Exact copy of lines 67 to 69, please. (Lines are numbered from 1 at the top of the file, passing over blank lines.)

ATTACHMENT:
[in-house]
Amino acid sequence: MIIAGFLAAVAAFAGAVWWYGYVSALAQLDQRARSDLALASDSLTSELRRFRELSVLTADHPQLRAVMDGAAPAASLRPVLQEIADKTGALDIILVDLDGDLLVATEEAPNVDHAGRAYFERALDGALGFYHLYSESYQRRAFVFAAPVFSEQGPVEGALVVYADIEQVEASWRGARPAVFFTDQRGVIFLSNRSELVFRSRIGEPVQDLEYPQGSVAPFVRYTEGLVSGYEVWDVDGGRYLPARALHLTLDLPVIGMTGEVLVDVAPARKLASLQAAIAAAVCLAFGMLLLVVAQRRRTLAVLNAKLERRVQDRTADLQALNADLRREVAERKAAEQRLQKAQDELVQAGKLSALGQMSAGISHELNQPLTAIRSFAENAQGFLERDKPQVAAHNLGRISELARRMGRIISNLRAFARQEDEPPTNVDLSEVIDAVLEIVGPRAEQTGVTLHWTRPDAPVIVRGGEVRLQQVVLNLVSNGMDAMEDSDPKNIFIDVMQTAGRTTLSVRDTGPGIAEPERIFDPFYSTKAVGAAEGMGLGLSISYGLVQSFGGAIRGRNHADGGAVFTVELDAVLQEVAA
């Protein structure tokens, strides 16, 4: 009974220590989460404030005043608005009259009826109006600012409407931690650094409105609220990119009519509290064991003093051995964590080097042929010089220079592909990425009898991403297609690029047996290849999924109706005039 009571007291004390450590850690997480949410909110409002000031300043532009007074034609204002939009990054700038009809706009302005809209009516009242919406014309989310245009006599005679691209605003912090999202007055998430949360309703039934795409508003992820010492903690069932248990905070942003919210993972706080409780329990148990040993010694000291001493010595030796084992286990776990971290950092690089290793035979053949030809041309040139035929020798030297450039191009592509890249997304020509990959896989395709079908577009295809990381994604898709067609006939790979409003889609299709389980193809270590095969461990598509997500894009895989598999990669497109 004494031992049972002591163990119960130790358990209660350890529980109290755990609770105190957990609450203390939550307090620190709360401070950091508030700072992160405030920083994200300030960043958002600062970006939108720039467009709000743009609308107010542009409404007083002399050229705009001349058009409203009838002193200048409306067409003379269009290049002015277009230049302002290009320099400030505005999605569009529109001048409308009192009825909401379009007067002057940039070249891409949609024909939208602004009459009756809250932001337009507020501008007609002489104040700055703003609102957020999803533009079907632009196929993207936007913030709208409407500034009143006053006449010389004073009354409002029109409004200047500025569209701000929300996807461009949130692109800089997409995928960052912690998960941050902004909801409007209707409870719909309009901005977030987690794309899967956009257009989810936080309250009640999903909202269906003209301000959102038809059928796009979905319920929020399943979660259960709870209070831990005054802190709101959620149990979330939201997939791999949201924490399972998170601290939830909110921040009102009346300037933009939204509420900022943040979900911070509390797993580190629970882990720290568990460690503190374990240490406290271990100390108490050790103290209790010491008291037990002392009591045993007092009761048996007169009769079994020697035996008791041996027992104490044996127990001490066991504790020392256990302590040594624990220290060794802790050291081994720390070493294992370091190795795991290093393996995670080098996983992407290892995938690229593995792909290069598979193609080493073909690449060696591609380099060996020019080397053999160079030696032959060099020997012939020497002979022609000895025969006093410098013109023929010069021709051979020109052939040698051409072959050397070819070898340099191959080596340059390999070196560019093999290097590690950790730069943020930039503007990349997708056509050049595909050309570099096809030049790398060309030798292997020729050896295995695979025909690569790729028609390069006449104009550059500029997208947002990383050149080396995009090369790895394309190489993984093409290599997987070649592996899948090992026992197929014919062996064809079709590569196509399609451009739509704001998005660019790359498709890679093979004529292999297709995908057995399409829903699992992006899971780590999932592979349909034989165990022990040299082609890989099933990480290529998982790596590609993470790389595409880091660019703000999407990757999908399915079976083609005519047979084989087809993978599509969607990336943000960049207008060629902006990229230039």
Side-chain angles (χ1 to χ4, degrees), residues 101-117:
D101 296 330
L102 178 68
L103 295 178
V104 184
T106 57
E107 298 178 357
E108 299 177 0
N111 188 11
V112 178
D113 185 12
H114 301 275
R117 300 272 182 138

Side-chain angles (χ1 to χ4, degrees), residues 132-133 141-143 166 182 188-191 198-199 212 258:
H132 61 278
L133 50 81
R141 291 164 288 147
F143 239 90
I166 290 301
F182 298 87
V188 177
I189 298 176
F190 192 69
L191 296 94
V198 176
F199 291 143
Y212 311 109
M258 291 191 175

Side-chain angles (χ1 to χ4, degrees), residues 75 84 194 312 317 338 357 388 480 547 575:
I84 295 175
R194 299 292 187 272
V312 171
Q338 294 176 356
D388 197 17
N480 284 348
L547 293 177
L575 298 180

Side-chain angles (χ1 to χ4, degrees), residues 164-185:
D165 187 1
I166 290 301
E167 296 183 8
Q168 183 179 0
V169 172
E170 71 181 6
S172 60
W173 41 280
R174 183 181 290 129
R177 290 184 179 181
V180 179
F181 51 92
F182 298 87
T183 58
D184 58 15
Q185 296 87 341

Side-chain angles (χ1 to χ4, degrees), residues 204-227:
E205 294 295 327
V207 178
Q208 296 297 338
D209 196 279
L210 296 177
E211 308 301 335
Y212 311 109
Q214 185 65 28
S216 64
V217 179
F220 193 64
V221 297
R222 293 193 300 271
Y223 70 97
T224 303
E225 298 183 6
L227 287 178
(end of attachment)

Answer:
S216 64
V217 179
F220 193 64